time gone: Bas Jan Ader’s In Search of the Miraculous.
By Meisha Rosenberg
Museum of Contemporary Art, North Adams, Mass., through Spring
Throughout human history, art has expressed deeply held beliefs.
The Paleolithic Venus of Willendorf, Buddhist statues, Renaissance
Madonnas, and the surrealists’ embrace of the subconscious—all
reflect belief in gods, in human dignity, or in creativity
In The Believers, curated by Liz Thomas and Nato Thompson
at North Adams’ Massachusetts Museum of Contemporary Art,
a group of 13 contemporary artists—some outsiders and others
acclaimed, some recent work and some decades old—explore the
outer limits of belief. The result is provocative, if erratic.
Belief survives, but it’s in tatters and was last seen hitchhiking
on a freeway in California.
Case in point are Bas Jan Ader’s photographs, in which the
lone artist wanders nighttime noir streetscapes. The first
works one encounters in the exhibition, the photos are from
his larger project In Search of the Miraculous. In
1975, while engaged on this project, Ader left to cross the
Atlantic on a 13-foot sailboat and disappeared forever.
Which brings up a question: Are all the artists in this exhibition
stark raving mad? The explanatory text states, “The Believers
isn’t about ‘belief’ per se, but rather about the believers
themselves, whose deeply held personal truths fly in the face
of skepticism, irony, and often, reason.” In other words:
mad as hatters.
But as co-curator Liz Thomas explained, “While we may not
go as far in our thinking as they will, there is something
endlessly fascinating to me, and I think others, about individuals’
capacities to make the leap from the known to the unknown
in any realm.” At their best, these artists, who are split
personalities and channelers of divine energies, make us realize
that “normal” is an extremely relative term. Who, for example,
is crazier: the artist who made beautifully intricate “healing
machines” (Emery Blagdon, a former hobo whose wonderful Rocket
Ship and Untitled #23 are on display), or the bureaucrats
who have made an ugly mess of health care in this country?
If it’s crazy to admire Theo Jansen for using PVC conduit,
plastic bottles, and technology to make flying machines that
wriggle and flap to life like giant dragons, then you can
count me in. One of his magnificent Strandbeest (or
beach animals), about 30 feet long, sits on its own stretch
of sand at MASS MoCA. A video documents other delightful Strandbeest
and a flying saucer he released over the town of Delft.
While some artists test beliefs through technology, others
express their beliefs with color and typography. Sister Mary
Corita (whose work was done in the ’60s and ’70s) created
pop-art style serigraphs that express humanitarian ideals.
Others use the body as the testing ground of belief: In a
room bearing a warning for adult material, viewers witness
the plastic surgery of Breyer P-Orridge, two individuals becoming
one. Photographic prints on Plexiglas document the resulting
bruising and cuts as flesh merges. Taxidermied coyote heads
on black columns and small framed icons invoke a darkly (if
kitschy) spiritual space for these painful transformations.
The part of the pair named Genesis (formerly Neil Andrew Megson)
was one of the prime movers of industrial music, having cofounded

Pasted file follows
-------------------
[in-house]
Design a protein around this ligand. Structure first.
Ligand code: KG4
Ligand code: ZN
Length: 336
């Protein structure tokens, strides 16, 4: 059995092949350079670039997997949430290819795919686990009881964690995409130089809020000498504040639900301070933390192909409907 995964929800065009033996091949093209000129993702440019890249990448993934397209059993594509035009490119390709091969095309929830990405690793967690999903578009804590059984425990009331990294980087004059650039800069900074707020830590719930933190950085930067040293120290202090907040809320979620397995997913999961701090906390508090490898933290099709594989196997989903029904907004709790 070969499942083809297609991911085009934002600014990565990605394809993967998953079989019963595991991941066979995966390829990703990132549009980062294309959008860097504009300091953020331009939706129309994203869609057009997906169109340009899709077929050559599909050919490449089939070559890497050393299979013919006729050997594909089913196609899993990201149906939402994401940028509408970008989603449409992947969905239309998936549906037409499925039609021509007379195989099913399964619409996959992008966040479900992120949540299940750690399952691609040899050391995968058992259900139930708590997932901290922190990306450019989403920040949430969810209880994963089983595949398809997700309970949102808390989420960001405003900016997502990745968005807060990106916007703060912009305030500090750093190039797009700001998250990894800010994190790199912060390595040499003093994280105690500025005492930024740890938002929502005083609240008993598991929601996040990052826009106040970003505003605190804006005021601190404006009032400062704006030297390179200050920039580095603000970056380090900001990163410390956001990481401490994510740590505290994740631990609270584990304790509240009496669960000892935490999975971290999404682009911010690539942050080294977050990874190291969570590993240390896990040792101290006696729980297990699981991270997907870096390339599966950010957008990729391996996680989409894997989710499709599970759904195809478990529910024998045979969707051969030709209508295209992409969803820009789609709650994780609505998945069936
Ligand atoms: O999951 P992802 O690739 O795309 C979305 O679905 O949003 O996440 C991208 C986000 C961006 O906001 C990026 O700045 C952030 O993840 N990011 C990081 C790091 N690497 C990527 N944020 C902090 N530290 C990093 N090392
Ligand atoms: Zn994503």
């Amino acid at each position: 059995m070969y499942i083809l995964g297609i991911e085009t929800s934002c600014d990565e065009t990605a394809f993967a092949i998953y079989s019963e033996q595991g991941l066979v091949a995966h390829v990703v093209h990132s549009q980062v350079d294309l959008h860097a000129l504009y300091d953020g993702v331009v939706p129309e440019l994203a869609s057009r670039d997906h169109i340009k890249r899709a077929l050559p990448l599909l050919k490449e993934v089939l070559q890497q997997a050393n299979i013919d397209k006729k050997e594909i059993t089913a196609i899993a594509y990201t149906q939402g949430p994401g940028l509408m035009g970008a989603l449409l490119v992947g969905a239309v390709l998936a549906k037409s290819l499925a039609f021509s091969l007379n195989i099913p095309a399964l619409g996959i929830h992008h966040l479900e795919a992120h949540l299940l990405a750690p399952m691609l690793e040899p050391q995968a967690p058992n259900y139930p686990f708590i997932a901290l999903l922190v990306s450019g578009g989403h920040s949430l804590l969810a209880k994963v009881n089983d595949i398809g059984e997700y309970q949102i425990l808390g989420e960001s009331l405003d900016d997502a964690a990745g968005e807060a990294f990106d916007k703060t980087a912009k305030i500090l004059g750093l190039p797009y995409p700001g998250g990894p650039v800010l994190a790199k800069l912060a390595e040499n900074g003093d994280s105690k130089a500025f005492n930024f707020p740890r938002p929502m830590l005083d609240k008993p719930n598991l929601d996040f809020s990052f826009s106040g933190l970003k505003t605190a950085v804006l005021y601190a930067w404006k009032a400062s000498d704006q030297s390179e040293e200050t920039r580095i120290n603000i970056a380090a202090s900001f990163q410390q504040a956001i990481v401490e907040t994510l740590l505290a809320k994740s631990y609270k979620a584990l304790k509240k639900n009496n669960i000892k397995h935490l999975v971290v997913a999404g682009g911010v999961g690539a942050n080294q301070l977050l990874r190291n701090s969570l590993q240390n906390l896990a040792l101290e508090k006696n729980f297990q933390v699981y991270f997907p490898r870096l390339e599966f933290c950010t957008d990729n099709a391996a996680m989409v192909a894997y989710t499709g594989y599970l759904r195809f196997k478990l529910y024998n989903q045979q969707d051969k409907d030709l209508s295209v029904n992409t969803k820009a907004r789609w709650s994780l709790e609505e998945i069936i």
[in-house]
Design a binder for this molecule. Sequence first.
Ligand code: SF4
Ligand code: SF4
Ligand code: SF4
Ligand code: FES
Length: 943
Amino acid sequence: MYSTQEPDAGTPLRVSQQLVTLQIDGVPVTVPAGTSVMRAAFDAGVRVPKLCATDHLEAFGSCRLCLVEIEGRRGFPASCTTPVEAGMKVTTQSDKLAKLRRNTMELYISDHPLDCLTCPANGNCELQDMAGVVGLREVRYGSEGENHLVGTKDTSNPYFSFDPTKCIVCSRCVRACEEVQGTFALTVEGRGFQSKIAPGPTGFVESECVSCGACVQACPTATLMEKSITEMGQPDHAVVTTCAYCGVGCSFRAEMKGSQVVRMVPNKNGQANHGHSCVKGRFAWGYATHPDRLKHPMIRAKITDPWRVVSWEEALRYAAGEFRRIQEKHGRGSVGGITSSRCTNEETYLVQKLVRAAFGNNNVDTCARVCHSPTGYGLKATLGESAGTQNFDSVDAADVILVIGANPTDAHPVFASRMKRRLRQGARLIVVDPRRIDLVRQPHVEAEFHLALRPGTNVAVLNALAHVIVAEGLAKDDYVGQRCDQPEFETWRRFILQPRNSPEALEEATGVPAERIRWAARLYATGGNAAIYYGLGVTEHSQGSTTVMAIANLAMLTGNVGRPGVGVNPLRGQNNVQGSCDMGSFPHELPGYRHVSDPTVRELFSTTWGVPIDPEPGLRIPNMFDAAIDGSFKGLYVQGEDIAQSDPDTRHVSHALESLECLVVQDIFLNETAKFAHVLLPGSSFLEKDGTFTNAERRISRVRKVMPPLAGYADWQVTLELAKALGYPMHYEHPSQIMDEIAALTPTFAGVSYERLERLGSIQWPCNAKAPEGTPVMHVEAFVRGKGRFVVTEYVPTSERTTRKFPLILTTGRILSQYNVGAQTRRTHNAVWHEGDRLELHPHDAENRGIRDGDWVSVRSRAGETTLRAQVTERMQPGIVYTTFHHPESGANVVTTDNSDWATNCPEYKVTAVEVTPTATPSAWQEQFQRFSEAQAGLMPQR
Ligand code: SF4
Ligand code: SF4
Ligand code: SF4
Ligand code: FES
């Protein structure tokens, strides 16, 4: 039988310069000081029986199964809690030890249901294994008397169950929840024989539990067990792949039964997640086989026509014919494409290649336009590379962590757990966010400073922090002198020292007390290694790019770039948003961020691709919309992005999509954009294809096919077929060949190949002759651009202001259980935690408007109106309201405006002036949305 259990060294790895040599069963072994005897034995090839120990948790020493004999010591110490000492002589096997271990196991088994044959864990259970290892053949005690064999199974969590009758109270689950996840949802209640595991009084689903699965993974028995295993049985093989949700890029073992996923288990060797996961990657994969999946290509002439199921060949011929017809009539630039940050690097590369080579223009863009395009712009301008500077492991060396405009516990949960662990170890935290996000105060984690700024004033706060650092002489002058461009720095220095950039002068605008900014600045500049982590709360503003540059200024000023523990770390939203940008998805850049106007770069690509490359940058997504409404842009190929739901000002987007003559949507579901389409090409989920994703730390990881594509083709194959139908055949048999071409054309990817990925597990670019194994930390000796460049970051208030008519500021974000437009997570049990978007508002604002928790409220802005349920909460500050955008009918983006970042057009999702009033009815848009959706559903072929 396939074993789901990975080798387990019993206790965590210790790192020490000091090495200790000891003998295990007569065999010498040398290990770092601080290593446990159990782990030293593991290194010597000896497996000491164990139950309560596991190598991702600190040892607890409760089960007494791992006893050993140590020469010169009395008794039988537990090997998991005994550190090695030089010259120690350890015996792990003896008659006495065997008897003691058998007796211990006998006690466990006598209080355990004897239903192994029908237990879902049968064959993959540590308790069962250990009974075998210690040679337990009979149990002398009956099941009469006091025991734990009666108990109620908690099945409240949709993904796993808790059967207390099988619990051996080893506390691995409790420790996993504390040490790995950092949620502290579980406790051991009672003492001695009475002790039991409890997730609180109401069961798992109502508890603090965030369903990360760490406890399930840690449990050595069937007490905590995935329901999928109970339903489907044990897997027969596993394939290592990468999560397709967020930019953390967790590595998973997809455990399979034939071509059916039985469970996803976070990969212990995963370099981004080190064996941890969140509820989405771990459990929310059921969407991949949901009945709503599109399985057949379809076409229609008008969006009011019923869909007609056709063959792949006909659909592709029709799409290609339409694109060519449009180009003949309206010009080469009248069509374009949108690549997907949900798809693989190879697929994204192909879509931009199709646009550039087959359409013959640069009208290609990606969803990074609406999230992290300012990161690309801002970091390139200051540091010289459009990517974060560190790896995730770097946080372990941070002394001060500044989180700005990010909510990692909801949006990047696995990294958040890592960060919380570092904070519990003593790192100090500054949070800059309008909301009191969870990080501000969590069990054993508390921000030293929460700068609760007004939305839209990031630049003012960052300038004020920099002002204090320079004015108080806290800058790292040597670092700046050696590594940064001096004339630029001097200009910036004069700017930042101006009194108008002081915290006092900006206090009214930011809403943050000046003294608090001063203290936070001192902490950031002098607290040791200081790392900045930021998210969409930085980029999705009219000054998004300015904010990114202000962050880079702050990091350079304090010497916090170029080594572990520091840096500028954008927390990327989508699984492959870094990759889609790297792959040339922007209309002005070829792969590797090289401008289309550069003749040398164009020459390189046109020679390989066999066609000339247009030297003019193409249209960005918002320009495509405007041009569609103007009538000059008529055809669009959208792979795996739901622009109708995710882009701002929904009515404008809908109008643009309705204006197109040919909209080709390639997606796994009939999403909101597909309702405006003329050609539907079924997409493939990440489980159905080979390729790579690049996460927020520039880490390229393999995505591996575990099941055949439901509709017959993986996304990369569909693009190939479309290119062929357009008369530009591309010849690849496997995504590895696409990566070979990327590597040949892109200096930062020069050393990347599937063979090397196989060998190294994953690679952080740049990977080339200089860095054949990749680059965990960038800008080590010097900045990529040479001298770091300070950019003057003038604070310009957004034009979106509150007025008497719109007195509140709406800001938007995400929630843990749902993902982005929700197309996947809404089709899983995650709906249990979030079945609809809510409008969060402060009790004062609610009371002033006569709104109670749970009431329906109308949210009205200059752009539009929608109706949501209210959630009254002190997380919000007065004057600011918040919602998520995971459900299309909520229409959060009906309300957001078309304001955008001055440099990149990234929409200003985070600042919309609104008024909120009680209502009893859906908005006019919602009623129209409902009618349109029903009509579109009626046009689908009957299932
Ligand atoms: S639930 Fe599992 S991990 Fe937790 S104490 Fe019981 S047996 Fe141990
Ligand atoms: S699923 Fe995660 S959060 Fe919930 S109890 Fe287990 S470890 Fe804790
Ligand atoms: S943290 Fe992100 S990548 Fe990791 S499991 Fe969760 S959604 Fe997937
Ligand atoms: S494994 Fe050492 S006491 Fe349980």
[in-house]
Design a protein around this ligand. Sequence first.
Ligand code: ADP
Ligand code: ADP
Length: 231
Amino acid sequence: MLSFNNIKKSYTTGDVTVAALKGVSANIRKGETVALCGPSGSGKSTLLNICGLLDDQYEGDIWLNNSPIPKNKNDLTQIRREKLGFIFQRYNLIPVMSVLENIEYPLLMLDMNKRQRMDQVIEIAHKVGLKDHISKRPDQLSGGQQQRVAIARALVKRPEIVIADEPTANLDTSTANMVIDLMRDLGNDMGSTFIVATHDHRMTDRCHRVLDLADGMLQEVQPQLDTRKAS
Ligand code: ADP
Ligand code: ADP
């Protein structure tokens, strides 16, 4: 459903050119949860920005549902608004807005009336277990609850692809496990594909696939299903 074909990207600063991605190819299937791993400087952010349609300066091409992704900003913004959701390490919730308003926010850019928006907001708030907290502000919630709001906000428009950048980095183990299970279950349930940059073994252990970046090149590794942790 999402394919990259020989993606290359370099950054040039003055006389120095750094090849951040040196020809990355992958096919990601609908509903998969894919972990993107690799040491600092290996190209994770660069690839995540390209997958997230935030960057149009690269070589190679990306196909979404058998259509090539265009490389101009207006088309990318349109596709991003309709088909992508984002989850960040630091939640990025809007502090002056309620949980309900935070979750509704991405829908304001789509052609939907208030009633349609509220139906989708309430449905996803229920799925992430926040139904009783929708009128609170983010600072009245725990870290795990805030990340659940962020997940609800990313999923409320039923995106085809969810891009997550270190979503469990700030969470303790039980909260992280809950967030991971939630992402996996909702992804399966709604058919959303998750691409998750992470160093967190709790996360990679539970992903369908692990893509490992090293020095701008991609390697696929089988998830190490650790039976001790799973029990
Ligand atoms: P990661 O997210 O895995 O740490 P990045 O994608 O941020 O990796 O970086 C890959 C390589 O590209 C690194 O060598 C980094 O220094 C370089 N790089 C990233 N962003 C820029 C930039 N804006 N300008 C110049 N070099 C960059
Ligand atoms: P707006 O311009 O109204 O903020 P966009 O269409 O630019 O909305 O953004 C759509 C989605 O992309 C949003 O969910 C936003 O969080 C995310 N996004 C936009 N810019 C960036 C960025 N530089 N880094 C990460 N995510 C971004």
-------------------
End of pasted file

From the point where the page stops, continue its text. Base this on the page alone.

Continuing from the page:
art/music group COUM Transmissions in England in the late
One of the most compelling proponents of the idea that identity
is a subjective construct is CarianaCarianne, an artist visually
and legally invested in the reality of being two people sharing
one body. In preparation for her (their) poetically lucid
video Oaths of Signature (2005), the artists became
notary publics so they could witness each other’s signatures.
CarianaCarianne pledges, “I will not use my hand to authorize
any laws contrary to the laws of humanity.” Sharing a body
turns out to be excellent practice for nonviolence. CarianaCarianne’s
art has much to say about political boundaries: Diagrams on
Mylar in Drawing and Being Drawn (2004-07) look as
though they’ve been ripped out of the pages of an engineering
manual but show “apparatus for dismantling domination” and
“reinserting REM sleep footage into future dreams.”
The exhibition suffers when artists’ preoccupations become
solipsism, or when works aren’t contextualized enough, as
with those by the Icelandic Love Corporation. They promise
to “break down the barriers between artist and spectator,”
but a random grouping of photos and installations fails to
enlighten. The Finnish Erkki Kurenniemi, an inventor at the
forefront of the electronic-music movement, is represented
by a couple of obscure videos and ephemera (some of which
supposedly relates to his most recent project: becoming immortal
through digital virtuality). It doesn’t help that many of
the rooms are dark and that there is little explanatory wall
text (be sure to grab an exhibition guide).
Also, it seems surprising that the curators didn’t find any
artist who confronts religious fundamentalism—a topic so near
and dear (unfortunately) these days. Plan B: Geodesic Den
and Dymaxion Projections, by Fritz Haeg and Yoshua Okón,
comes close to examining such social issues. Taking up half
of a huge room, the project collects historical utopian and
dystopian visions in a den where visitors can create their
own. But visitors have to sift through too much information
on video and in binders inside a dark tent.
Nonetheless, The Believers has many high points. If
it’s true that belief determines reality, as many of these
artists hope (or fear), we have a lot to learn from their
peripheral vision this week-